Detectors should be on sleeping levels in a household; since carbon monoxide is lighter than air, he said, when it is mixed with a byproduct with combustion, it can go anywhere.

The thing to remember, he said, is that carbon monoxide detectors aren’t like smoke detectors. Carbon monoxide detectors go off when there is a buildup high enough to alert the detector, unlike smoke detectors, which go off with the smallest amount of smoke, he said.

“If the carbon monoxide detector is going off or you have symptoms of carbon monoxide, please keep the house closed,” he said. “If it goes off, call 911 and leave the house.”

By keeping windows and doors shut, the Fire Department can find where the carbon monoxide is coming from, he said.

Also, Mr. Bernstein said, people should never leave their car in the garage to heat up before driving.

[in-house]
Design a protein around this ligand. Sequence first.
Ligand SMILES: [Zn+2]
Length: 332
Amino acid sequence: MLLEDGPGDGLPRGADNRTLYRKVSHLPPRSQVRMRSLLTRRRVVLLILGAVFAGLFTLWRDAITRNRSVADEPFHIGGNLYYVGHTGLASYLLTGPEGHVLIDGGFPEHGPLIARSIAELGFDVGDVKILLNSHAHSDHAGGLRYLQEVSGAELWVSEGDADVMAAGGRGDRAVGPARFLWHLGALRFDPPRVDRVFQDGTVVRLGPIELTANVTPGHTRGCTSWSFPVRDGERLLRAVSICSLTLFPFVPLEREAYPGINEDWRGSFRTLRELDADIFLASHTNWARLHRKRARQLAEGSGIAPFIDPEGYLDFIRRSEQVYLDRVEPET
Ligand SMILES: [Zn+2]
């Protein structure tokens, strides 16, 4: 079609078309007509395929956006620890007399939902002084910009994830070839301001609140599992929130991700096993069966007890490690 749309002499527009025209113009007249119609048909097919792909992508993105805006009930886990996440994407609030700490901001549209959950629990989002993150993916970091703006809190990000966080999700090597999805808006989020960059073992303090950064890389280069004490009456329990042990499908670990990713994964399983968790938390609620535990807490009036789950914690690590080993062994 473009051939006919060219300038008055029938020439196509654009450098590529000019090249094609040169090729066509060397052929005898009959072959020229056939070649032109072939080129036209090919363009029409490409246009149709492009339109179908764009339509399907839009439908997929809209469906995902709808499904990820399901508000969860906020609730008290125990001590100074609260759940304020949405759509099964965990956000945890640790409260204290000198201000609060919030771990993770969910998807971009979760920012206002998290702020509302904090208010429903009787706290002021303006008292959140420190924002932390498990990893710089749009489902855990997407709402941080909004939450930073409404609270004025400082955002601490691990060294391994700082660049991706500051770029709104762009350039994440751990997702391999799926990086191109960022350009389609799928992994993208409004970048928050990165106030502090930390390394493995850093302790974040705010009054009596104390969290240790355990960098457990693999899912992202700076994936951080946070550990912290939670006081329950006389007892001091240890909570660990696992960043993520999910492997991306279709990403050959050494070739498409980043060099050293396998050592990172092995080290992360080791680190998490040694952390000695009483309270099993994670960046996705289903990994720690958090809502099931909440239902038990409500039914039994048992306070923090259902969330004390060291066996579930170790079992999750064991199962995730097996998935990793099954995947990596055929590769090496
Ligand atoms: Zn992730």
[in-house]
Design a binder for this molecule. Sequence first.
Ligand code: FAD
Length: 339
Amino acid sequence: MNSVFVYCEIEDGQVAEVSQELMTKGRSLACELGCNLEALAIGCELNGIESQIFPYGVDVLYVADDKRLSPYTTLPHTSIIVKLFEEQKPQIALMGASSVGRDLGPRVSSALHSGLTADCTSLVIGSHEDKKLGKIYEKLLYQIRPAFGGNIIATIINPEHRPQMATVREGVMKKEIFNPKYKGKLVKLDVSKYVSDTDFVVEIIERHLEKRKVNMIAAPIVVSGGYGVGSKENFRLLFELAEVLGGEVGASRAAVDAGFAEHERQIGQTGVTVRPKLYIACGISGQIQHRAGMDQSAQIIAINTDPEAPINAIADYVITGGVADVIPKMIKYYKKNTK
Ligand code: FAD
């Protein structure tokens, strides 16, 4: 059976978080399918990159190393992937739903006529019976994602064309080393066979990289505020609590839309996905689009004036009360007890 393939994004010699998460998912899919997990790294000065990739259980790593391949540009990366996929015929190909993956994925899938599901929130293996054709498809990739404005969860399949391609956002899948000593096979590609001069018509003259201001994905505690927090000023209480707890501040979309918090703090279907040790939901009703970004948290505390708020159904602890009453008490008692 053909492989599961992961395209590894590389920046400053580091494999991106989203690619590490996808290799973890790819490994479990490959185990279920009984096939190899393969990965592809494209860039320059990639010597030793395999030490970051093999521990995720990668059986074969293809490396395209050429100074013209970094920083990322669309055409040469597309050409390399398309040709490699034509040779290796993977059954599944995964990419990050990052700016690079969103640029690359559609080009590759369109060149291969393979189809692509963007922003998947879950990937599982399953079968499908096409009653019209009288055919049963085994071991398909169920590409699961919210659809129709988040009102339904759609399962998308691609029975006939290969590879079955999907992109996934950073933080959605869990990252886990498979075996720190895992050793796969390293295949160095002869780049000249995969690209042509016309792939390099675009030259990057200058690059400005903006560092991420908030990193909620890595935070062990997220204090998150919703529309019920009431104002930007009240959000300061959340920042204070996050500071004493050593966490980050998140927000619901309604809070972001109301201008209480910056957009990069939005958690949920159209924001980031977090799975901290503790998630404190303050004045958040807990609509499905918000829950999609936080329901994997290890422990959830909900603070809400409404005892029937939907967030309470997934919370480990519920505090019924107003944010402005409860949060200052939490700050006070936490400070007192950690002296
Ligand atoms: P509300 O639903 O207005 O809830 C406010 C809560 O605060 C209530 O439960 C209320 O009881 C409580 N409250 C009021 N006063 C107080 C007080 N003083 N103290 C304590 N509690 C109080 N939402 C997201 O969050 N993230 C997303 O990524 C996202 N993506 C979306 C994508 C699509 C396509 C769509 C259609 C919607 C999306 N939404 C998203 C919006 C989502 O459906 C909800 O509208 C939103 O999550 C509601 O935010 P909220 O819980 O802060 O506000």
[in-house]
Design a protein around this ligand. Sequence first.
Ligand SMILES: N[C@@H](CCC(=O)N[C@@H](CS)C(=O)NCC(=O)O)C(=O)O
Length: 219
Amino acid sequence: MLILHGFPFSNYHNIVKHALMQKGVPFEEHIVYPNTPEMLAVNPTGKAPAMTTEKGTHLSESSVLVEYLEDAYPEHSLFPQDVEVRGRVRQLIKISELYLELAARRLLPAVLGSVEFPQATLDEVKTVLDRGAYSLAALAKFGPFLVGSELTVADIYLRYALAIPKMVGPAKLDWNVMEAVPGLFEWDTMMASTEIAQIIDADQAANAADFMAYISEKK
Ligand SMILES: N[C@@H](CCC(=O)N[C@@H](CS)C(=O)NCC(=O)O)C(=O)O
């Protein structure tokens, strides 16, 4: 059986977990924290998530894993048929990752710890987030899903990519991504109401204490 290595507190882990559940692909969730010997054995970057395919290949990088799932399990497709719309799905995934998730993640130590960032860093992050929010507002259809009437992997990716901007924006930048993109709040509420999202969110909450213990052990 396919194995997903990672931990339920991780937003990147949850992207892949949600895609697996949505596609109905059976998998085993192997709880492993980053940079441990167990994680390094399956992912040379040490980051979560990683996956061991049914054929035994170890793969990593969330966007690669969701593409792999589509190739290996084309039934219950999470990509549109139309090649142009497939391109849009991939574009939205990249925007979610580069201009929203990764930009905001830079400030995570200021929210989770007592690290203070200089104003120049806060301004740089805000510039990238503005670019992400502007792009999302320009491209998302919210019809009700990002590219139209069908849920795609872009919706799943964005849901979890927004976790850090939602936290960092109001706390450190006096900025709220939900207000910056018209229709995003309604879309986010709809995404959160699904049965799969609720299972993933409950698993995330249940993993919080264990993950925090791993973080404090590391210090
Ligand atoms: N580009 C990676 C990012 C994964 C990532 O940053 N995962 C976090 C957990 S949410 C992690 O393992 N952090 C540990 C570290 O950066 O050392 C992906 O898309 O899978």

“Turn on the car and pull it out of the garage,” he said.

Precaution should also be taken when using candles and space heaters, he said.

“We’ve had a lot of candle fires over the years. You can’t leave them unattended. Don’t let it burn in a room without someone being around it,” he said. “Never leave a child alone in a room with a burning candle.”

Space heaters are good for heating up a small area, but they should not be left in an empty room, he said.

“If you’re not in the room, don’t have it on,” he said. “It doesn’t take much for something to fall into it. A lot have anti-tip safety switches so if the heater falls over it should go off, but if something falls against the heater, it can ignite furniture, curtains, etc. You need to be careful.

“On behalf of all the fire departments, we want everyone to have a safe holiday season. We don’t want to see anyone this year,” said Mr. Bernstein.